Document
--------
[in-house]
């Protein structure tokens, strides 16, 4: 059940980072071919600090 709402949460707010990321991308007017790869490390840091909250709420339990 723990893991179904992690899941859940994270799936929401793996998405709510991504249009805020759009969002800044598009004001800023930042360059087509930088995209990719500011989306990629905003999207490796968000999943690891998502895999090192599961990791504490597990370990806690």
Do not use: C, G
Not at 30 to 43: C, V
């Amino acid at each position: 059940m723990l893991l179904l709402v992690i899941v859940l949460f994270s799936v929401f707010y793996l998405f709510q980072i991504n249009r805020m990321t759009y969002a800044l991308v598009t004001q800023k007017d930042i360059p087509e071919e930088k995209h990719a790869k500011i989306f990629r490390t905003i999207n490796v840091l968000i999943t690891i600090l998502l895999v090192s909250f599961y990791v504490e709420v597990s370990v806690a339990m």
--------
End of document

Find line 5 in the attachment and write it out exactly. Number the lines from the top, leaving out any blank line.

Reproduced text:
């Amino acid at each position: 059940m723990l893991l179904l709402v992690i899941v859940l949460f994270s799936v929401f707010y793996l998405f709510q980072i991504n249009r805020m990321t759009y969002a800044l991308v598009t004001q800023k007017d930042i360059p087509e071919e930088k995209h990719a790869k500011i989306f990629r490390t905003i999207n490796v840091l968000i999943t690891i600090l998502l895999v090192s909250f599961y990791v504490e709420v597990s370990v806690a339990m």